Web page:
Madam Speaker, I am very pleased to speak today to the motion presented by my colleague from Vancouver East. The motion seeks to divide Bill C-311, An Act to ensure Canada assumes its responsibilities in preventing dangerous climate change.

A little context is needed to explain why we are looking at Bill C-311 today. I was in Kyoto in 1997. When I was elected 12 years ago to this House, that was one of the first parliamentary missions I went on in 1997 and it allowed me to better understand climate change and its impact not only on the environment, but also on future economic systems.

I remember the debates we had in the House. We had the Liberal Party on the other side of the House and on this side, the official opposition's side, we had members from the Canadian Alliance, not the Conservative Party but the Canadian Alliance, which later became the Reform Party and then the Progressive Conservative Party. It ended up dropping the word “progressive” and simply became the Conservative Party. Nonetheless, throughout all these name changes, which are just superficial changes, the fundamental political philosophy of that party's members stayed the same. In other words, the members, who are now the government, do not believe or have a hard time believing in the very existence of climate change.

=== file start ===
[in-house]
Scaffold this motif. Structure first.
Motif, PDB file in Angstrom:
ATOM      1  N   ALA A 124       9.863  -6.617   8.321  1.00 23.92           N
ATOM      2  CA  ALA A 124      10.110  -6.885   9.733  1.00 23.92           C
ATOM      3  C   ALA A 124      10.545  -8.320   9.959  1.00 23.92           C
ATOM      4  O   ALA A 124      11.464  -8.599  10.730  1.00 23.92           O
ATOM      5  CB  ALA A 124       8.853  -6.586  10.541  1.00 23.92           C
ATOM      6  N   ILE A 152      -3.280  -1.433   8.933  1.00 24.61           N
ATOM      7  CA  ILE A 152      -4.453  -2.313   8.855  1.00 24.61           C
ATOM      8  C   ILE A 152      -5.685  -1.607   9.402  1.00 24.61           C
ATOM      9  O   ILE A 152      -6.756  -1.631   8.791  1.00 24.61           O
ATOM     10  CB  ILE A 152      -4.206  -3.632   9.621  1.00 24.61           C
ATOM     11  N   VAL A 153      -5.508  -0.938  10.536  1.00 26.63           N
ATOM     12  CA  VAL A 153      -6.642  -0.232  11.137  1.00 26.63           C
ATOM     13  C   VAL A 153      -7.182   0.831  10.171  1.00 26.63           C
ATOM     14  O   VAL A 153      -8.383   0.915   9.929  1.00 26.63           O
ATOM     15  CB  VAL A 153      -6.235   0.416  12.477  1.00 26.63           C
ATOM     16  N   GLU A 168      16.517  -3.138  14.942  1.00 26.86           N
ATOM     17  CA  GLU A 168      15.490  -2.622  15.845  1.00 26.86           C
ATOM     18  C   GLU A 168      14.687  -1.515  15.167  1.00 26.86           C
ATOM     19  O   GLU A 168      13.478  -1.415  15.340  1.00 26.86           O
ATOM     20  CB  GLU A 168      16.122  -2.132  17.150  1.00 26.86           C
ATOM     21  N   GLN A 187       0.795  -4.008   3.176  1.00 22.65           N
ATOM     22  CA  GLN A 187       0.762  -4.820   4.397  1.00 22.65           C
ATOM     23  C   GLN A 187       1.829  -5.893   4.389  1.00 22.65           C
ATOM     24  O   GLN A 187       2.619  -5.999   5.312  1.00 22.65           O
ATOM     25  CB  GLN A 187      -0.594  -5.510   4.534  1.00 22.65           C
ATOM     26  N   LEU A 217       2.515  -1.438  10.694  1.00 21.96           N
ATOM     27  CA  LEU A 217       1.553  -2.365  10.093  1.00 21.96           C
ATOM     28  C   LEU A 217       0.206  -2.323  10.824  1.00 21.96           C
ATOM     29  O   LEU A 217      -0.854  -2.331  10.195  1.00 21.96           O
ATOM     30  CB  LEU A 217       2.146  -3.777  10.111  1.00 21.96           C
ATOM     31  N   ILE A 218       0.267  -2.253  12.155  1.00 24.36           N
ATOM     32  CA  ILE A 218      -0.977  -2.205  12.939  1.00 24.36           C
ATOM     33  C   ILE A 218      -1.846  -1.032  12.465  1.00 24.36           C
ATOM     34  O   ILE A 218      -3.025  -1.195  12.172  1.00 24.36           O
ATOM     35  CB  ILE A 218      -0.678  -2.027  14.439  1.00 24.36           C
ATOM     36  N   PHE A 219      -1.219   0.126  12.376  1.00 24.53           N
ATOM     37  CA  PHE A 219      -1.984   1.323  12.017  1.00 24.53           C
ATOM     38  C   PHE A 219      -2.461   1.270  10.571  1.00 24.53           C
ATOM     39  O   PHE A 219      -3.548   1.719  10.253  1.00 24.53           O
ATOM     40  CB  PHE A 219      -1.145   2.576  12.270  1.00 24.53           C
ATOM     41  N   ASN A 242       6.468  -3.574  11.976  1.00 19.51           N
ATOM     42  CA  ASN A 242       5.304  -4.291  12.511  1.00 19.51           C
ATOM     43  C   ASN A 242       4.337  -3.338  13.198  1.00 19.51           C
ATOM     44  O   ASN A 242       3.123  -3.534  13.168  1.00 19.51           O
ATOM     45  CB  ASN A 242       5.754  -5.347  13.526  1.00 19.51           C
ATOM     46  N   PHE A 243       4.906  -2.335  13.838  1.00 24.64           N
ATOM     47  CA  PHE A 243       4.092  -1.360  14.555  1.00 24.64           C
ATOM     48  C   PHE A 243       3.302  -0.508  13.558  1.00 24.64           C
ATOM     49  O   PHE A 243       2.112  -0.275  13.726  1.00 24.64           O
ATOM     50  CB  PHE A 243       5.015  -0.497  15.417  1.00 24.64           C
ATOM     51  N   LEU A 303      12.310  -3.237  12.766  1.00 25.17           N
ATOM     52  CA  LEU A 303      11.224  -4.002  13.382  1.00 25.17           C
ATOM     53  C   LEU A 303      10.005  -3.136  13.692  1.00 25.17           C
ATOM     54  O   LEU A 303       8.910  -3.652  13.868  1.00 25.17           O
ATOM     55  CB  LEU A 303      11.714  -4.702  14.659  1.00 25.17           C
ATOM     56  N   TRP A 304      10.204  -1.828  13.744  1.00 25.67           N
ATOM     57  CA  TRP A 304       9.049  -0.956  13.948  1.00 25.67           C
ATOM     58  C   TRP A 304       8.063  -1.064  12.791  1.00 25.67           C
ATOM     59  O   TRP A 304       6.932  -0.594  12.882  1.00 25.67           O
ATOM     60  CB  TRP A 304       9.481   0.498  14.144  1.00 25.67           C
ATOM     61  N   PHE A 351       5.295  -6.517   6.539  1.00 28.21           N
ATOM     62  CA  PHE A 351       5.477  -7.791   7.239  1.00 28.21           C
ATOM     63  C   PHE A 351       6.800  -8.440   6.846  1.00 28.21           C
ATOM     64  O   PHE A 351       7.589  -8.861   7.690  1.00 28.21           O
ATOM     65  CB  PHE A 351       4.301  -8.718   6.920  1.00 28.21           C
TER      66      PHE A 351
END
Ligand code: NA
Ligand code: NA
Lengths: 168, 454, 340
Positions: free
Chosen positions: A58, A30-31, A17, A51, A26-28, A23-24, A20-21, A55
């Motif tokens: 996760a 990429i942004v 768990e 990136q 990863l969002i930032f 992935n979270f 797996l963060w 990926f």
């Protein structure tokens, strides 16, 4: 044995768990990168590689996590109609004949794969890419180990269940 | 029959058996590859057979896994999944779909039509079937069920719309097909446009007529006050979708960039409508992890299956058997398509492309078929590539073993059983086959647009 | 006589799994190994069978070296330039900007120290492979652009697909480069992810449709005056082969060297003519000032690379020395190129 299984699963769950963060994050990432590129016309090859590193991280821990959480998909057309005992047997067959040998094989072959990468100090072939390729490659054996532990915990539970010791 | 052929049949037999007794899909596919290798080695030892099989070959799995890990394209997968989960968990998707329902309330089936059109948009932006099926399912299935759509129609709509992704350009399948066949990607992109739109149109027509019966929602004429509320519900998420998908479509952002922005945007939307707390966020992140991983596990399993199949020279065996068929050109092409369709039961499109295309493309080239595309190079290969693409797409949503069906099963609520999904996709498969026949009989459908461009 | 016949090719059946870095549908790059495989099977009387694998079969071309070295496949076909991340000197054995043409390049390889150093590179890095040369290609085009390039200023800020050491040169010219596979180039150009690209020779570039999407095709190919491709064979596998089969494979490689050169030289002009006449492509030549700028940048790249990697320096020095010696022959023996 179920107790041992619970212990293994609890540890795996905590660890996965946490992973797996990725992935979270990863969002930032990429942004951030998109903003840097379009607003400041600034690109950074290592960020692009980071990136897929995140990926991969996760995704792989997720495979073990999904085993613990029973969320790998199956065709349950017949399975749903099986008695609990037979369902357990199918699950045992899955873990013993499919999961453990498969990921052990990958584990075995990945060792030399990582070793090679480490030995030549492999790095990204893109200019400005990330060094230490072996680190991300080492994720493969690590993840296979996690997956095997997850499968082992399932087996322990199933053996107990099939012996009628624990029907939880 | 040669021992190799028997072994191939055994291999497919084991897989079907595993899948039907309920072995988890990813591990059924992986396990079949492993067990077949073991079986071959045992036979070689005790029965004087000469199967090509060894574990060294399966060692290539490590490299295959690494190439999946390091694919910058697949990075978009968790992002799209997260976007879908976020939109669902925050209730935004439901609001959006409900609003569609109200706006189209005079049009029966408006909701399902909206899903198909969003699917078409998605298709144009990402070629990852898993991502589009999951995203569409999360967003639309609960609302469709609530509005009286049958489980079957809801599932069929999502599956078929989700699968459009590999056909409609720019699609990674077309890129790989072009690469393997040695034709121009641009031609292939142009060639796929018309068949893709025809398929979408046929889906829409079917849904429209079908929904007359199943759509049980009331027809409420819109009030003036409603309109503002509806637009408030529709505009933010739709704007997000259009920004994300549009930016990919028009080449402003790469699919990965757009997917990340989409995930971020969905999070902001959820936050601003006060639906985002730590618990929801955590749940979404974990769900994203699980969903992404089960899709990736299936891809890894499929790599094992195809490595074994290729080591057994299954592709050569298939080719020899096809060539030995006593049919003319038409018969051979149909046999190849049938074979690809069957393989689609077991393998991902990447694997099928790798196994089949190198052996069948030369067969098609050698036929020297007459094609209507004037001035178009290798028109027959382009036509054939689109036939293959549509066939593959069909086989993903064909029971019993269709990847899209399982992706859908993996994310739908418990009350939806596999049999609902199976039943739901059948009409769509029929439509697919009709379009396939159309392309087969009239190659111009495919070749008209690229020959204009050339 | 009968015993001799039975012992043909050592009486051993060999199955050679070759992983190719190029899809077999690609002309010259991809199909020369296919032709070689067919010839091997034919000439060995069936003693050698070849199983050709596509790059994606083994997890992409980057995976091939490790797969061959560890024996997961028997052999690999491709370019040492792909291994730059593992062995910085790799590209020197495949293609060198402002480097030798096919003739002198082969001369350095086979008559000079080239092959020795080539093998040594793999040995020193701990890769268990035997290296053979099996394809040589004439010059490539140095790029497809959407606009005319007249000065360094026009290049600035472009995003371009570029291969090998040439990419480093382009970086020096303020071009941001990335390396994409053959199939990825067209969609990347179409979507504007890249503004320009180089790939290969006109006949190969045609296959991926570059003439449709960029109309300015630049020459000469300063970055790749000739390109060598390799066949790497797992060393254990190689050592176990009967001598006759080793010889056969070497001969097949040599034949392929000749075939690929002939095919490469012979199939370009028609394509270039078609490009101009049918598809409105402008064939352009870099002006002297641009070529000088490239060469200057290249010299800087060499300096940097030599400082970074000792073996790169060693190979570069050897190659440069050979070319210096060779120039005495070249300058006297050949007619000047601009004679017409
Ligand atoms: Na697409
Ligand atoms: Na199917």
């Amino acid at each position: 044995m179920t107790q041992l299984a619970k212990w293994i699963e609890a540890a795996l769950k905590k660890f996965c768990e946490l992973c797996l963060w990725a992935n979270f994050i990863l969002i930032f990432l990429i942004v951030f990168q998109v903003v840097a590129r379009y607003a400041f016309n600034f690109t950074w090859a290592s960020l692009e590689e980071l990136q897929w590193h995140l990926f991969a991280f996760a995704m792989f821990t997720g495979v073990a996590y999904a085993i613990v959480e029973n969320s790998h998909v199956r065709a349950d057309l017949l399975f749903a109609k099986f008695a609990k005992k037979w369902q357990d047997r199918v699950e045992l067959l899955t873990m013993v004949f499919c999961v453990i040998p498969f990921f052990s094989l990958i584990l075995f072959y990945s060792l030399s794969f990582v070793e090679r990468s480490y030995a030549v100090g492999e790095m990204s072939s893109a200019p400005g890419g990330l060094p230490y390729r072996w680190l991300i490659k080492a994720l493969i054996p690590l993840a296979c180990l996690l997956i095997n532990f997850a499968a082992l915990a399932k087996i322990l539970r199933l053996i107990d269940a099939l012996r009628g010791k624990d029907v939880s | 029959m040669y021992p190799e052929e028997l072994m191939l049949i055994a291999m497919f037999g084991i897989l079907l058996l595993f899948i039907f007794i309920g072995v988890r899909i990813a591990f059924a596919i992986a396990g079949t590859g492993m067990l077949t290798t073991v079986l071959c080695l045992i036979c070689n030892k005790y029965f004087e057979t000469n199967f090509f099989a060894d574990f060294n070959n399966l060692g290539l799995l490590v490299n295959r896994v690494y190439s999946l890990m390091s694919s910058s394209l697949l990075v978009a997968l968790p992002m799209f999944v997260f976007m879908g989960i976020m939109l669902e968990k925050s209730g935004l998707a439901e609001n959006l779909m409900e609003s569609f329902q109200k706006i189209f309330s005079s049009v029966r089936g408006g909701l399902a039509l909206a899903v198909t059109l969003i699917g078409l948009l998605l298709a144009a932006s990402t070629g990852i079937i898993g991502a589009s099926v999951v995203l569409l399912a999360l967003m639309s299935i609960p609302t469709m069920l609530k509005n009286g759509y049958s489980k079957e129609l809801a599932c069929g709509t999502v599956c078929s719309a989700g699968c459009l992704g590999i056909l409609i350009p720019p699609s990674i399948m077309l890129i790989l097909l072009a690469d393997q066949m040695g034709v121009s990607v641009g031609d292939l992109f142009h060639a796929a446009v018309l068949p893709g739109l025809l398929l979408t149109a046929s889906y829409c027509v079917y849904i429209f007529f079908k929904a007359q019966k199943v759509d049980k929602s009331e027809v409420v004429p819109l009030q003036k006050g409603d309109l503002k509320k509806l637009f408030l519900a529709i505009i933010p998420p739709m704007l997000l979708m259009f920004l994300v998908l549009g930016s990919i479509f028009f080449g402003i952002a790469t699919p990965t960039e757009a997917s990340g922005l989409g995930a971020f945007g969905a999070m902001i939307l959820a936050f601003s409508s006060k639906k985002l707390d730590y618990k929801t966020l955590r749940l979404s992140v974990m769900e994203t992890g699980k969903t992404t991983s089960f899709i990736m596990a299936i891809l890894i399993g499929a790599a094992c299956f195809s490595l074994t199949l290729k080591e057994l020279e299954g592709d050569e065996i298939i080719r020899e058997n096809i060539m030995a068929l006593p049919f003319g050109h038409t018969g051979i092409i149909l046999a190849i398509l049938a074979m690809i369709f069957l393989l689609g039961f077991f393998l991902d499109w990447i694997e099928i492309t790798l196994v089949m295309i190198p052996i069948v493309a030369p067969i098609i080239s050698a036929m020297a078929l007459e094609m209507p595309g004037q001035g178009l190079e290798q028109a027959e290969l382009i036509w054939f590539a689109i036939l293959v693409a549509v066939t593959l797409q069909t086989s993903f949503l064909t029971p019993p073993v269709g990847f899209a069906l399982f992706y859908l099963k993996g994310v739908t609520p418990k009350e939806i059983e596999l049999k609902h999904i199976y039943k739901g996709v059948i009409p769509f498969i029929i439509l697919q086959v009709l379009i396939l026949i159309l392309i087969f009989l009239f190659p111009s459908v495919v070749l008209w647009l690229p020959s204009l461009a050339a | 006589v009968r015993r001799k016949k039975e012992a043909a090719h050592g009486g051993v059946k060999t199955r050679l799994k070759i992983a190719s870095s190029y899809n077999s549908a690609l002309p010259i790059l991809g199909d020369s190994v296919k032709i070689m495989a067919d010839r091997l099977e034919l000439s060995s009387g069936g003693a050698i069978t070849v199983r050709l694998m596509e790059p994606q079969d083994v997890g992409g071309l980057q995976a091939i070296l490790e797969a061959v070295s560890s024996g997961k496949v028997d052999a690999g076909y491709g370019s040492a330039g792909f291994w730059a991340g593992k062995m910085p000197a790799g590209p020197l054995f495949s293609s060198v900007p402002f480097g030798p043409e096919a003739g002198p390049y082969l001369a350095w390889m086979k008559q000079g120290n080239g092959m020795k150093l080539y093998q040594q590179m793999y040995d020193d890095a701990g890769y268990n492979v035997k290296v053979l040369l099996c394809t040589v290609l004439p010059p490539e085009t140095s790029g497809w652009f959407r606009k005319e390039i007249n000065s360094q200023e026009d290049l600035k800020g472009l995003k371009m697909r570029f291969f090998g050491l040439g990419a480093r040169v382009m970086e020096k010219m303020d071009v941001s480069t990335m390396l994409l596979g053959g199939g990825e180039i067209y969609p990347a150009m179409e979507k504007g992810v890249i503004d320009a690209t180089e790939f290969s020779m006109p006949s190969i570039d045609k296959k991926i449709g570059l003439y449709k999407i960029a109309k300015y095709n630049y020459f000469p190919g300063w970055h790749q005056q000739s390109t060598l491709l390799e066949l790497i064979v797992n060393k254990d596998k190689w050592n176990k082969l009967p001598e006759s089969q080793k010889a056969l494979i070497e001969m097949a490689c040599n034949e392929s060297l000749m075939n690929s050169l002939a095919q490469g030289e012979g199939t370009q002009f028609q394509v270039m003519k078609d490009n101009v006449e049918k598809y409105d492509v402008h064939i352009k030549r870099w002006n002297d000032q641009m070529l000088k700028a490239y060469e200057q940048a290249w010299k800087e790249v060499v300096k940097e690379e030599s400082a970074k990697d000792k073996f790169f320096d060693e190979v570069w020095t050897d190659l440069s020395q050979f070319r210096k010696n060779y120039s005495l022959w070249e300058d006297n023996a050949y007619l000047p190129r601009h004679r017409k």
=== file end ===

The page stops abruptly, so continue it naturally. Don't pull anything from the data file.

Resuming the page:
I remember in 1997 the debates we had here in this House when the members of the Canadian Alliance denied the existence of climate change. They thought climate change was a natural phenomenon, that mankind was not responsible for the increased levels of carbon dioxide in the atmosphere and that human activity was not responsible for the chaos that was to come a few years later.

Twelve years later, the impact of climate change is omnipresent. Extreme weather events take place constantly and spontaneously and are recurrent in certain areas, Asia and Indonesia for example. Consequently, on the basis of the scientific reports of the International Panel for Climate Change, it is with confidence that we can officially state today in this House, 12 years later, that the Canadian Alliance, the Reform Party and the current government were wrong and that in 99% of cases, global warming is caused by human activity.